Ever since the Romans conquered the city in the 1st century BCE, Jews have lived in Paris. And as early as the 13th century they settled in the Marais, still the city's most famous Jewish neighborhood. Known as the Pletzl (Yiddish for "little place"), the Marais was once also known as La Juiverie.

Although it's one of Paris' most trendy areas, the Marais still has a strong Jewish presence.Walk along Rue des Rosiers and you will find Jewish restaurants, bookshops, boulangeries, kosher delis, and synagogues. Stop at #10 Rue Pavée to visit Agudath Hakehilot, an orthodox synagogue designed by Hector Guimard, the Art Nouveau architect famous for his Paris Metro station entrances. Built in 1914, it's the largest synagogue in the Marais. Guimard's wife was an American Jew; with the rise of anti-semitism they left France for the United States in 1938.

On Yom Kippur in 1940, the Germans destroyed the synagogue with dynamite. After World War II, Agudath Hakehilot was restored and is now a national monument and a vital meeting center.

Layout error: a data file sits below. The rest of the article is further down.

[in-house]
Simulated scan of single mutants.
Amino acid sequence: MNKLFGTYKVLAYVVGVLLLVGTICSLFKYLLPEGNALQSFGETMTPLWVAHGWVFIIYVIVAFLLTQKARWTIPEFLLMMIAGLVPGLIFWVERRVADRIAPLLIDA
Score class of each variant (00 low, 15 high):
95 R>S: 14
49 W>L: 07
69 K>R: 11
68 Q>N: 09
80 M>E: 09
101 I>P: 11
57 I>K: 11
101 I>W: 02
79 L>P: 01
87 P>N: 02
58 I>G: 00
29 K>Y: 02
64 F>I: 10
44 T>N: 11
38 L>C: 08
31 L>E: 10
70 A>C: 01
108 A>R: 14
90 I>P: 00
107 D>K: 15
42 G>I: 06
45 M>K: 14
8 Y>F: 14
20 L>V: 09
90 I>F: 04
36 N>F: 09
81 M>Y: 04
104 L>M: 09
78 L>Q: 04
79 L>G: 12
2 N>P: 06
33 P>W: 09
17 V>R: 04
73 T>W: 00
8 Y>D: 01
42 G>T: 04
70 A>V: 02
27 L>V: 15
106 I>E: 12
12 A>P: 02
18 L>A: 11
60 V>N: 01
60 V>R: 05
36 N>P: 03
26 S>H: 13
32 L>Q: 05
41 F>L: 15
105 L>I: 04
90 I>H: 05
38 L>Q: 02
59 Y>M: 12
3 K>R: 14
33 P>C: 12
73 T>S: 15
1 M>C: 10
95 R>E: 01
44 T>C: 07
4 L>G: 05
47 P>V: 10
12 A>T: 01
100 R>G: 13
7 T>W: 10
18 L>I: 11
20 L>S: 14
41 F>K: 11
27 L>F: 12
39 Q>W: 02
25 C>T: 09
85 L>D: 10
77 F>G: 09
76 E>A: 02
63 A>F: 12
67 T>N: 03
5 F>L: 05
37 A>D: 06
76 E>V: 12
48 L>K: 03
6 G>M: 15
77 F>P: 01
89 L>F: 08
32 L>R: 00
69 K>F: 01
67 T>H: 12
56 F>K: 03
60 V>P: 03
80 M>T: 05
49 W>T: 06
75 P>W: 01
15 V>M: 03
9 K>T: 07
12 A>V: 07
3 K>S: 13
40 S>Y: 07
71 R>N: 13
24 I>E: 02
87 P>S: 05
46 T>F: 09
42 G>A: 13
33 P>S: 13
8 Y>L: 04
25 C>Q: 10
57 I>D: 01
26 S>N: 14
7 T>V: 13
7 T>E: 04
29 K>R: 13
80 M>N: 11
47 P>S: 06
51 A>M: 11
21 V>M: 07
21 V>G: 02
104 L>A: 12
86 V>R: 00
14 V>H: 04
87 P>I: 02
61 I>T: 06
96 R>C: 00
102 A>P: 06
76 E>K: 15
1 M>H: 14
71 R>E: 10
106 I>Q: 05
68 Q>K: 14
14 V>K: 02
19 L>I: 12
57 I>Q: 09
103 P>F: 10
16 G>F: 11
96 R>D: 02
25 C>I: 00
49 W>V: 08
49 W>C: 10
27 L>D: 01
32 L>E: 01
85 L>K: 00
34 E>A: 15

Dynamiting synagogues was by no means the worst of Nazi atrocities. Throughout the Marais there are plaques to remind us about the Jewish families and children who were wrested from homes and schools and sent to concentration camps to be killed. It's a painful and poignant reminder of France's treatment of Jews during World War II. Another typical plaque reads —

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To the memory of the students of this school, deported from 1942 to 1944 because they were born Jewish, innocent victims of Nazi barbarism, with the active complicity of the Vichy government. They were exterminated in the death camps. Never forget them."